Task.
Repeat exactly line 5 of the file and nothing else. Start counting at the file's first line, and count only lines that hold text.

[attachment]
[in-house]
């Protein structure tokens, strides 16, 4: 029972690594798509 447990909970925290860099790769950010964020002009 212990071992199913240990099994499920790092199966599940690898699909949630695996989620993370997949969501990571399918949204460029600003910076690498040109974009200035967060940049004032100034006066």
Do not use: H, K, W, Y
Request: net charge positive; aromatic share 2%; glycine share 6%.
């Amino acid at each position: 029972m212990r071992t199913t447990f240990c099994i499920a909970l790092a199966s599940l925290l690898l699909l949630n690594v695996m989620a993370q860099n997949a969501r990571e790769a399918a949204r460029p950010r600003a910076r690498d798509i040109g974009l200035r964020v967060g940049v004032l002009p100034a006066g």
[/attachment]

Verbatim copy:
């Amino acid at each position: 029972m212990r071992t199913t447990f240990c099994i499920a909970l790092a199966s599940l925290l690898l699909l949630n690594v695996m989620a993370q860099n997949a969501r990571e790769a399918a949204r460029p950010r600003a910076r690498d798509i040109g974009l200035r964020v967060g940049v004032l002009p100034a006066g």